Indeed, the plaintiffs presented evidence to show the obvious: that buyer’s agents would intentionally avoid showing their clients homes that did not offer the going rate (at least 2.5%) for a buyer’s agent. As some buyer’s agents have remarked, not paying the buyer’s agent would amount to working for free. This evidence of unlawful steering showed that the buyer’s agents were not working for the buyer, but instead working to line their own pockets.

As to the justification for a buyer’s agent to be paid, the evidence presented shows that the majority of buyers had already located the home that they wanted to see prior to contacting the buyer’s agent. In other words, the buyer’s agent was merely opening the door to the property, sometimes through lock boxes that are monopolistically controlled only by Realtors. This means that brokers who were not part of the voluntary California Association of Realtors would be unable to show the property using the electronic Supra lock box.

In turn, the primary role of the buyer’s agent was simply to prepare written offers. If that offer was accepted, the buyer’s agent would receive approximately 2.5% of the purchase price.

Buyers’ Agent Steering is Obvious

Most damning in the Sitzer case was the voluminous evidence from broker training manuals whereby listing agents explained the obvious when sellers pushed back on offering a commission to the buyer’s agent, which is generally half of the total commission (e.g., 2.5% of a 5% commission): the buyer’s agents won’t show the property if money is not offered. Anecdotal evidence showed that buyer’s agents would tell their buyers that a home offering no commission had already been sold. Online comments from buyer’s agents were absolutely clear that they will refuse to show properties that provided a below average commission. It’s no wonder that MLSs were forced to eliminate the buyer’s agent commission as a search field under the DOJ’s order.

A 2019 Brookings Institute study entitled “Competition in the real estate brokerage industry: A critical review” found “evidence that substantiates regulators’ concerns that steering may make price competition a potentially unsuccessful competitive strategy, and it is our belief that this is the most important factor explaining the general uniformity of commission rates.”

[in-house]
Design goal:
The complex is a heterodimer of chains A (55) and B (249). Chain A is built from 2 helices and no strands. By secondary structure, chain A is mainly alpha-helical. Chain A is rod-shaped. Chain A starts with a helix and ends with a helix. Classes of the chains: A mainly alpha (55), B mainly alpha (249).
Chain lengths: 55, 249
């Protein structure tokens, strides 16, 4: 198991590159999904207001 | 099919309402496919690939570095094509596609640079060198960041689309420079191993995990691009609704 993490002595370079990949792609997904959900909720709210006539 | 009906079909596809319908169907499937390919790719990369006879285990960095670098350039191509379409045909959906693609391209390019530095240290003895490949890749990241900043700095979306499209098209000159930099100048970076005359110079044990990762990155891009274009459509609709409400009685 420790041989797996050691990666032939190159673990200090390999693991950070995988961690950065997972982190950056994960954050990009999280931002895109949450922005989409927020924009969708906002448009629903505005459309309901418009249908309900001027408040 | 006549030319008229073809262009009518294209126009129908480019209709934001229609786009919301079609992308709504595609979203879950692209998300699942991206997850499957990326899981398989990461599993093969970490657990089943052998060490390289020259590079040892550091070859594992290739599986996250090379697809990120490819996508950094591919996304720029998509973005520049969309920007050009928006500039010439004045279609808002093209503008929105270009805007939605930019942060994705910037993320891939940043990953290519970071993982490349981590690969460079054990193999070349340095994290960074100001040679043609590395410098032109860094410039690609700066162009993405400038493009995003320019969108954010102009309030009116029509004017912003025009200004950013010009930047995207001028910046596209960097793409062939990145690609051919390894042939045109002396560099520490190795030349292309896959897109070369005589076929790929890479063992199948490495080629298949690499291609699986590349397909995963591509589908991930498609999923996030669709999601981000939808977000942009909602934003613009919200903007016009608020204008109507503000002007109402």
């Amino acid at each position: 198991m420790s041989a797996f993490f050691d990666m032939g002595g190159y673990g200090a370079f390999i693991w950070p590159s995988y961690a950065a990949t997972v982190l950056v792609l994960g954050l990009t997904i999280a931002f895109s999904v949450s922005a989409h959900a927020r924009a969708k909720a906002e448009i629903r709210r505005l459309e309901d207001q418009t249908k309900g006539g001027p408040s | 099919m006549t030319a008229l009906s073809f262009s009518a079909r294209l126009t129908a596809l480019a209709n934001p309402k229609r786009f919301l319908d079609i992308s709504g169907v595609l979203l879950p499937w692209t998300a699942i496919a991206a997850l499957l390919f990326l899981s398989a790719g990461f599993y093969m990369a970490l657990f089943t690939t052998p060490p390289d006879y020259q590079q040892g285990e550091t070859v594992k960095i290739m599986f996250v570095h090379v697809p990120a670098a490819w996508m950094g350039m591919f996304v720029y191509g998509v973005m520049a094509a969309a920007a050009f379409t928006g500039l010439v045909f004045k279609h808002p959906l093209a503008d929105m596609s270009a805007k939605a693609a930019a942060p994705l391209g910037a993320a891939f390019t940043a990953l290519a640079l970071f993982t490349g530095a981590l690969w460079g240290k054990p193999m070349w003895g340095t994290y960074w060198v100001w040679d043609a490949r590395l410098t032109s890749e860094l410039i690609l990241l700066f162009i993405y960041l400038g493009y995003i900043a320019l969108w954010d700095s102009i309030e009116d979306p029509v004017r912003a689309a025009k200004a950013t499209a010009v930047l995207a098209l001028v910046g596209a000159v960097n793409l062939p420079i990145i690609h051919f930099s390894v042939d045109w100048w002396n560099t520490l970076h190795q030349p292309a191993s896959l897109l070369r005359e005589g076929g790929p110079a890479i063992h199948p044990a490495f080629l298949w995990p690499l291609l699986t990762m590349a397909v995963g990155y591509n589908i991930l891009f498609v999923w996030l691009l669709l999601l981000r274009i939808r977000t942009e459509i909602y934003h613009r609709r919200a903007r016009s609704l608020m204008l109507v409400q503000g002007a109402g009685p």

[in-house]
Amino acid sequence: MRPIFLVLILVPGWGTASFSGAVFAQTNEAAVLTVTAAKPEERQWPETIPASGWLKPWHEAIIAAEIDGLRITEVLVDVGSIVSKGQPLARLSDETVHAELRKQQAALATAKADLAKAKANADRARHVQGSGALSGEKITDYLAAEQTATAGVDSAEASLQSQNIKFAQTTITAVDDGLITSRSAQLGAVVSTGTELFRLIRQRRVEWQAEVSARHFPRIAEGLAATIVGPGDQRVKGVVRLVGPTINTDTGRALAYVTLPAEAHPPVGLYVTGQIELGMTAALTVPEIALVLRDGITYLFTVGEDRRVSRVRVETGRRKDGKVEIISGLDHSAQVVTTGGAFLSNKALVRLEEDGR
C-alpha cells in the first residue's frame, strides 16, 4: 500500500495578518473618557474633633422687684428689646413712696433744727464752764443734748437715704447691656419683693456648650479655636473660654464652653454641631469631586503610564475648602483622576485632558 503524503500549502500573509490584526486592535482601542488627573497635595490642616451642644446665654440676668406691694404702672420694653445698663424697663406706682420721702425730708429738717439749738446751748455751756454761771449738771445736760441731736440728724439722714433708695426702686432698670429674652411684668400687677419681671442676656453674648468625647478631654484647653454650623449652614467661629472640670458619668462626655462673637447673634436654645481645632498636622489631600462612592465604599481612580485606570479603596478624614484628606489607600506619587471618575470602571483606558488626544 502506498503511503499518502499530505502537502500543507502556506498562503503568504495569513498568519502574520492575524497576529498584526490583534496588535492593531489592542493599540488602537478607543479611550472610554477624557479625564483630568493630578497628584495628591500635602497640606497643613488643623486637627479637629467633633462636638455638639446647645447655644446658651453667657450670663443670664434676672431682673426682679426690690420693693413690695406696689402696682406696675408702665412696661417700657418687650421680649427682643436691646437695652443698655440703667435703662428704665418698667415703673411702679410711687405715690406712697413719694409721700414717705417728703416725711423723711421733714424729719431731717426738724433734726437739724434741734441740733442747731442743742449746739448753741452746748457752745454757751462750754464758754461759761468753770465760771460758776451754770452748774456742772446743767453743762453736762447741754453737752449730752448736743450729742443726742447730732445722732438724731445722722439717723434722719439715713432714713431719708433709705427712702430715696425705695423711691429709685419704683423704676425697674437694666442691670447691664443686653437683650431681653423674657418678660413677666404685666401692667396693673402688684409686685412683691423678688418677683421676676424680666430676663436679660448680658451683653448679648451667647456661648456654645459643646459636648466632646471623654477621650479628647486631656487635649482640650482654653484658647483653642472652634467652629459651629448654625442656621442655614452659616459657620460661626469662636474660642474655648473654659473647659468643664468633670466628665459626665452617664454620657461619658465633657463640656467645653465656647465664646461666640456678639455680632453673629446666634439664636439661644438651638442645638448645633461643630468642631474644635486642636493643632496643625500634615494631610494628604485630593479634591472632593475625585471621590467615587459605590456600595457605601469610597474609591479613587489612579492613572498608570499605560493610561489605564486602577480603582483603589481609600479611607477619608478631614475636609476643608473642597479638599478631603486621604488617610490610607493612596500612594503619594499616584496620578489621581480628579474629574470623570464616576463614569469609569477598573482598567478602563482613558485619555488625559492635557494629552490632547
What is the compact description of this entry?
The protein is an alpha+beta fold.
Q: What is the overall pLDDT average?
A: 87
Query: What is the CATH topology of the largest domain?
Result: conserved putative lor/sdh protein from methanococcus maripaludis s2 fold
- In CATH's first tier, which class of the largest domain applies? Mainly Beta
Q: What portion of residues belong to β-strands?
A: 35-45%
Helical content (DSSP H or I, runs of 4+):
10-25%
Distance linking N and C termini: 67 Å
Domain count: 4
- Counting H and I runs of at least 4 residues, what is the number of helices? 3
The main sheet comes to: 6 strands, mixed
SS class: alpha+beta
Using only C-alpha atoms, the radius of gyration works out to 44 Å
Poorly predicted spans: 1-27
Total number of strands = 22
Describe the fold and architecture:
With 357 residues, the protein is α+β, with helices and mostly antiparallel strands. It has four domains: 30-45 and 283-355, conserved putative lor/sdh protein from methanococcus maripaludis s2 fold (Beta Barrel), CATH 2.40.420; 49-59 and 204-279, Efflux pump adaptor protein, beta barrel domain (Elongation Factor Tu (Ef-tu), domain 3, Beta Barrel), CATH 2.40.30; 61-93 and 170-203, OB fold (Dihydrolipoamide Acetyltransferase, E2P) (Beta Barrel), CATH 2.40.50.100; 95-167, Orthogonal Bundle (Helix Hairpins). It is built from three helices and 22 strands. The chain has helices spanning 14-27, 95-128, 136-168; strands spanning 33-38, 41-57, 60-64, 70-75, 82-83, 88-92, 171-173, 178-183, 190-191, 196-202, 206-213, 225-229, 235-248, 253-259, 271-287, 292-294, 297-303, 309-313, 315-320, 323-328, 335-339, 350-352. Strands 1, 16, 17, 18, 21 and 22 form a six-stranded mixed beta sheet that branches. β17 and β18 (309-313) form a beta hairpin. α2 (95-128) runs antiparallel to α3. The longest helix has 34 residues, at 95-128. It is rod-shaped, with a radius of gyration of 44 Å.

The 2021 article by Mark S. Nadel explains that “agents can explain their reluctance to pursue a transaction with a non-traditional broker as a preference for avoiding the higher risk of dealing with a less established partner.” Even further, “[t]raditional agents imply that brokers with lower prices must be skimping on quality and/or services compared to the ‘full service’ offered by traditional brokers, although they conveniently fail to define full service.”

A 2023 draft article by University of Southern California School of Law Professor Jordan M. Barry observed steering when comparing website views for properties with low and high buyer’s agent commissions.

It’s no wonder the Sitzer jury found that Realtors were steering buyers based on the commission being offered.

Winning Argument: Sellers were paying the buyer’s agent to negotiate against them

Sellers in the Sitzer lawsuit complained that they were paying the buyer’s agent to negotiate against them.

While Realtors in California do not feel that they’re part of a conspiracy, the local multiple listing services have promulgated rules specifically prohibiting any third-party websites like Zillow or broker websites showing local listings from displaying the amount of the commission that will be paid to the buyer’s agent. Related thereto, many buyer’s agents in the past have advertised their services as “free,” much to the chagrin of sellers who have paid a pretty penny for these buyer’s agents.

As of the time of the Sitzer judgment, the average home in California sold for $840,000, meaning a 2.5% buyer’s agent commission would amount to $21,000.

This commission would be due regardless of whether the buyer’s agent was highly competent or totally incompetent. The Sitzer plaintiffs pointed out that many other countries operate without buyers agents, which results in a considerably lower overall commission.

In fact, the Realtors require an educational course that lasts about an hour to enter the organization. At least as of recently, the focus of that course was simply that listing agents must pay the buyer’s agent whatever they agreed to pay as shown on the MLS. Failure to do sound can result in internal Realtor organization discipline. In other words, the glue that holds the MLS together is the agreement by listing agent Realtors to pay the buying agent, whether they are a Realtor or not. With the courts forcing this glue to be dissolved, it is not clear what will be left of the purpose of the MLS, giving yet another reason for a decline in membership of the National Association of Realtors.

Successful Plaintiff’s Argument: Buyer’s agents are paid more if the price is higher

One curious argument that has gained traction is that, the more the home sells for, the more the buyers agent makes. It is unclear if any economic studies have found that this perverse incentive causes the buyer’s agent to work against the buyer.

However, Professor Steven Levitt, one of the co-authors of Freakonomics, found in 2008 that “a real-estate agent keeps her own home on the market an average of ten days longer and sells it for an extra 3-plus per cent, or $10,000 on a $300,000 house.”